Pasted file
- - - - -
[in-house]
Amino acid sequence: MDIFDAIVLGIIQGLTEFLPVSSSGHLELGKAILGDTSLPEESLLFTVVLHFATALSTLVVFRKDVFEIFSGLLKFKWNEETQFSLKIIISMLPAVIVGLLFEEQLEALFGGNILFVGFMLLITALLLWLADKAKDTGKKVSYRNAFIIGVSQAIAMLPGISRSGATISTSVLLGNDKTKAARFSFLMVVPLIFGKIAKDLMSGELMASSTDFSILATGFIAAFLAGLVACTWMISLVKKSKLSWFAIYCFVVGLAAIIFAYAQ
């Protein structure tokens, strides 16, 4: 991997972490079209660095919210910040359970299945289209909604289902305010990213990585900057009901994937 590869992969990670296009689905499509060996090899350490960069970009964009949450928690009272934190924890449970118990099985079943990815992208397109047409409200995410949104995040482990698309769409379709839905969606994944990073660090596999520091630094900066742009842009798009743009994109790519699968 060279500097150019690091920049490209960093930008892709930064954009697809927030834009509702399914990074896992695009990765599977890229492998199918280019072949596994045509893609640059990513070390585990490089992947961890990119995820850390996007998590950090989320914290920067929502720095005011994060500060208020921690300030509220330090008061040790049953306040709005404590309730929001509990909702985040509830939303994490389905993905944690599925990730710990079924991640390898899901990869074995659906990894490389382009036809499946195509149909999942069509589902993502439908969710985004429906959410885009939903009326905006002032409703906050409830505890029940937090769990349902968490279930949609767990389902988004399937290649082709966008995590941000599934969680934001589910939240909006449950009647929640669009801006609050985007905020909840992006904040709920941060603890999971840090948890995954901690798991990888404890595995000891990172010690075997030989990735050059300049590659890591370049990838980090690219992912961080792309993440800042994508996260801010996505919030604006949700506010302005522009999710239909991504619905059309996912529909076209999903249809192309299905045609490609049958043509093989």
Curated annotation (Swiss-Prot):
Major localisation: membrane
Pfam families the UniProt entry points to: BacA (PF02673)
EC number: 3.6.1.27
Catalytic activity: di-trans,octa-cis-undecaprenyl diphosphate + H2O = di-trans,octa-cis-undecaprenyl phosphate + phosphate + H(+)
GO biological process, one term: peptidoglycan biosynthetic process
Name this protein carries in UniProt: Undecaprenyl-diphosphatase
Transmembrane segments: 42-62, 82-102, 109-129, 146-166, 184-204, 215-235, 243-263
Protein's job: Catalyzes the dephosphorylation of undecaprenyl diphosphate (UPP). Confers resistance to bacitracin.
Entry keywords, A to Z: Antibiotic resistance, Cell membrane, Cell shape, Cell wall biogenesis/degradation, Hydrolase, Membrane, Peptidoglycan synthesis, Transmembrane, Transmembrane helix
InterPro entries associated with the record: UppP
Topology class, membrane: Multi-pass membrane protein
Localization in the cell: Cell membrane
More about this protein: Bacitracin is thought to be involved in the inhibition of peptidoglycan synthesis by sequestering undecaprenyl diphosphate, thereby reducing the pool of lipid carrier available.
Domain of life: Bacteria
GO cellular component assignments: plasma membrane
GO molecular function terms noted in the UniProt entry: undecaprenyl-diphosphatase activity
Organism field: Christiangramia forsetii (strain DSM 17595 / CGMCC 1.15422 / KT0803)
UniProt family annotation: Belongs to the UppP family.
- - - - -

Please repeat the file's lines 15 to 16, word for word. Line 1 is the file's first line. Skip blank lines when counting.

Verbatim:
Topology class, membrane: Multi-pass membrane protein
Localization in the cell: Cell membrane